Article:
The competition will begin with a “pre-season” in August, followed by a year of real-time forecasting beginning October 1, 2020. The pre-season will allow competitors to build and refine their forecast methods. The real-time forecasting competition will have solvers forecast streamflow for the next 10 days, updated daily at multiple locations across the West, for the duration of the competition.

Reclamation is partnering with the CEATI International’s Hydropower Operations and Planning Interest Group, NASA Tournament Lab and Topcoder on this crowdsourcing competition. Partnering with CEATI HOPIG includes a companion project that will provide benchmarks against which the competitors will be evaluated, as well as scoring of solver forecasts by RTI International. Other CEATI HOPIG members making contributions include Department of Energy’s Water Power Technologies Office, Tennessee Valley Authority, Hydro-Quebec, and Southern Company. To learn more about this competition, please visit https://www.usbr.gov/research/challenges/streamflowrodeo.html.

Reclamation conducts prize competitions to spur innovation by engaging a non-traditional, problem-solver community. Through prize competitions, Reclamation complements traditional design research to target the most persistent science and technology challenges. It has awarded more than $1,000,000 in prizes through 22 competitions in the past 6 years. Please visit Reclamation’s Water Prize Competition Center to learn more.

Navajo Dam operations update: Releases to turn down to 900 CFS August 29, 2020 #ColoradoRiver #COriver #aridification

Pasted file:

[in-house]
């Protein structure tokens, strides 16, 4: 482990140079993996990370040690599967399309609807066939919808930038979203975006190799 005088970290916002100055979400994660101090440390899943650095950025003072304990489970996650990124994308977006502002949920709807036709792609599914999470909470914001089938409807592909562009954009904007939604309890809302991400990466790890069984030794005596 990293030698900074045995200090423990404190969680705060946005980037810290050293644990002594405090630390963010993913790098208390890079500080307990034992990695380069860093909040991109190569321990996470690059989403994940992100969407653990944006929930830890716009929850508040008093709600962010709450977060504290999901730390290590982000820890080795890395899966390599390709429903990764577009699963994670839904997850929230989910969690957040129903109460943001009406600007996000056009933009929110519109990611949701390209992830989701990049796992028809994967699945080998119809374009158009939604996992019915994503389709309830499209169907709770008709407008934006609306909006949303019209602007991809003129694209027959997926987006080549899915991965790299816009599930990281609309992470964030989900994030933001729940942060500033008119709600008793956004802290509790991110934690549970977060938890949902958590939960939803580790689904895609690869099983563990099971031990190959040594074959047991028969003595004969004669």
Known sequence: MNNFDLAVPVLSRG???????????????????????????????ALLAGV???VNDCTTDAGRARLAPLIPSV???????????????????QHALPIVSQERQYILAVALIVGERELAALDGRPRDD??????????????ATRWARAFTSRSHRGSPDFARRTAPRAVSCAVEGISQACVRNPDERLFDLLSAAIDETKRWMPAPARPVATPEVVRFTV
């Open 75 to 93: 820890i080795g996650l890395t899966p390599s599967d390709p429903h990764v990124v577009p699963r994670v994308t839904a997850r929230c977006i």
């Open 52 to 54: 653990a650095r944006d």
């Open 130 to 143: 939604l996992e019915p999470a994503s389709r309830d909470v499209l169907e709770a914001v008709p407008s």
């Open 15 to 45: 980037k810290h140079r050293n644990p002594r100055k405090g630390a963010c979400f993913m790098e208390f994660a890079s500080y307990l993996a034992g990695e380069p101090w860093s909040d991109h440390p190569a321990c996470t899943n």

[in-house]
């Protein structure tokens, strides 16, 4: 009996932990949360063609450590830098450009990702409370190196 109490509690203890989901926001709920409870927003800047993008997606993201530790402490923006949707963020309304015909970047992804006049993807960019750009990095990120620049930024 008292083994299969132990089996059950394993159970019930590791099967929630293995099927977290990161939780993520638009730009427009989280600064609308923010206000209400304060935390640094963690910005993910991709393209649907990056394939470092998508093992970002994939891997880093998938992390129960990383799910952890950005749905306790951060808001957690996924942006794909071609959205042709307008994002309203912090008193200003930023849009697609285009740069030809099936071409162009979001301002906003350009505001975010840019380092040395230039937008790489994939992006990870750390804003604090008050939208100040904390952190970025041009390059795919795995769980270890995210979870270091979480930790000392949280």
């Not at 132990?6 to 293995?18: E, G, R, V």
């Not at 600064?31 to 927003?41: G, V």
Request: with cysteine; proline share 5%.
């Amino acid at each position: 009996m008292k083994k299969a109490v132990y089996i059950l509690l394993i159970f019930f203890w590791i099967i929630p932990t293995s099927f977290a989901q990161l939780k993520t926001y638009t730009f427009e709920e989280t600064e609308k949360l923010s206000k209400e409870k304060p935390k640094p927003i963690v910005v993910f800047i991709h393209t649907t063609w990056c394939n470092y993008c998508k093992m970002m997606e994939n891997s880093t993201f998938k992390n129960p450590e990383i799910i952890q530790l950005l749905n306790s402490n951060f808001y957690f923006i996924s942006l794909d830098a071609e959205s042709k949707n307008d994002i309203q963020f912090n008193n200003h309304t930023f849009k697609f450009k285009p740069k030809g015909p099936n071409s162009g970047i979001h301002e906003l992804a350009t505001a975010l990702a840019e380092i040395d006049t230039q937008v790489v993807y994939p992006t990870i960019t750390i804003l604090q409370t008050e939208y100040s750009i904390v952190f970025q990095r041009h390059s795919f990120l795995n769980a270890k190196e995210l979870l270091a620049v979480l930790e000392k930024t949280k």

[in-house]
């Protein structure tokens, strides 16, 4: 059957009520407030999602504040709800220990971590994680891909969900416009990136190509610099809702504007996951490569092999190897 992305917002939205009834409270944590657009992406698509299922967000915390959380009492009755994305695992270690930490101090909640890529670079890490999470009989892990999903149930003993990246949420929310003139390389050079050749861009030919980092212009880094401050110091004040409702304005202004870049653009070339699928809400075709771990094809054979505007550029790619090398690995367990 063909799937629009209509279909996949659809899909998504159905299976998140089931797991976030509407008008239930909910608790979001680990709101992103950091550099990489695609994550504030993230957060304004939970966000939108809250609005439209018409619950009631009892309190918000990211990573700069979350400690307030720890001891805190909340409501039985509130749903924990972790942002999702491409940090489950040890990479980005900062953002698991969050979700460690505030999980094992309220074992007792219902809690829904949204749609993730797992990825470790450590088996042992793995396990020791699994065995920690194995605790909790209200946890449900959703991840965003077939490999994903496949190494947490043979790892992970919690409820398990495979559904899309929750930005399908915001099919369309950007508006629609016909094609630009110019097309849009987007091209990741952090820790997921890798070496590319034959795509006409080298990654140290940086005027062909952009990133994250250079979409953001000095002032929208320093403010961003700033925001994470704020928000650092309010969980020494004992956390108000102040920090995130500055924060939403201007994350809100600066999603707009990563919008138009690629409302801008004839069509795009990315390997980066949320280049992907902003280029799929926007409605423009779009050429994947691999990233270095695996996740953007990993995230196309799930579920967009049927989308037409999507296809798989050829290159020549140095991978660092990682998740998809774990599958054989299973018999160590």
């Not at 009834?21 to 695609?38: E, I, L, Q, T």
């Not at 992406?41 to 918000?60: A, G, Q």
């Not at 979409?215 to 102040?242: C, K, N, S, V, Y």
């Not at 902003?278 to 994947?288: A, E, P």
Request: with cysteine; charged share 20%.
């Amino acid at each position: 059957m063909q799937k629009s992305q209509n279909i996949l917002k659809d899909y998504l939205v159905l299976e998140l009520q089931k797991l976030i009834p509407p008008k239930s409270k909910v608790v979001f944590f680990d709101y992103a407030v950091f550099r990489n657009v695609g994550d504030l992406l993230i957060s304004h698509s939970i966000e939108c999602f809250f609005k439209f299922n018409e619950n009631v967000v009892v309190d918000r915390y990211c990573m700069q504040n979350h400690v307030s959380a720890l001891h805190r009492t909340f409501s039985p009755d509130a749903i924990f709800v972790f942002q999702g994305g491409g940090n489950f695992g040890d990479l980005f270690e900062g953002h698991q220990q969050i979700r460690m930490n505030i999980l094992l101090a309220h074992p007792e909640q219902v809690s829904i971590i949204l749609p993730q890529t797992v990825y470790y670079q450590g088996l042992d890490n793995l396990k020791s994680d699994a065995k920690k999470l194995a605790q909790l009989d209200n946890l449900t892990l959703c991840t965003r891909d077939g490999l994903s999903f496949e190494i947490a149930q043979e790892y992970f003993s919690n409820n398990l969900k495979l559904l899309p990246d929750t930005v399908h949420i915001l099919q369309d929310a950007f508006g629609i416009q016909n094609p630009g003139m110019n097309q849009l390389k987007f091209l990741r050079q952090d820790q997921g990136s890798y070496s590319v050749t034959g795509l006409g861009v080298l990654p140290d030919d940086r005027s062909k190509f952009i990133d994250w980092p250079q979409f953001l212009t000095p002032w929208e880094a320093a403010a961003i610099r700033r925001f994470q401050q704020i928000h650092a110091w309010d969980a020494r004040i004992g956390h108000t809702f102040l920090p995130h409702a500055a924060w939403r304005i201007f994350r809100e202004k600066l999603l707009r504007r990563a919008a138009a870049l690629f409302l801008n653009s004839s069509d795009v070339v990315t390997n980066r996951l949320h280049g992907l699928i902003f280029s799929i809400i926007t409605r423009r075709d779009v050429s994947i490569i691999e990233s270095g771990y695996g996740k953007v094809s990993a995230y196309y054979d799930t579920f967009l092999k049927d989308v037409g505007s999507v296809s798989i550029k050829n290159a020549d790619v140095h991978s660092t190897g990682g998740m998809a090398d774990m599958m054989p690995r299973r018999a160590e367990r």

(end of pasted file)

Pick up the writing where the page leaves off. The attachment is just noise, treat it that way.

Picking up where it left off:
The outflow at the bottom of Navajo Dam in New Mexico. Photo: Brent Gardner-Smith/Aspen Journalism

From email from Reclamation (Marc Miller):

In response to a cooler weather pattern in the San Juan River Basin, the Bureau of Reclamation has scheduled a decrease in the release from Navajo Dam from 1,000 cubic feet per second (cfs) to 900 cfs on Saturday, August 29th, starting at 4:00 AM. Releases are made for the authorized purposes of the Navajo Unit, and to attempt to maintain a target base flow through the endangered fish critical habitat reach of the San Juan River (Farmington to Lake Powell).

The San Juan River Basin Recovery Implementation Program has recommended flows in the critical habitat reach as close to 500 cfs as possible for the summer of 2020. This is within their normal recommended range of 500 to 1,000 cfs. This target base flow is calculated as the weekly average of gaged flows throughout the critical habitat area from Farmington to Lake Powell.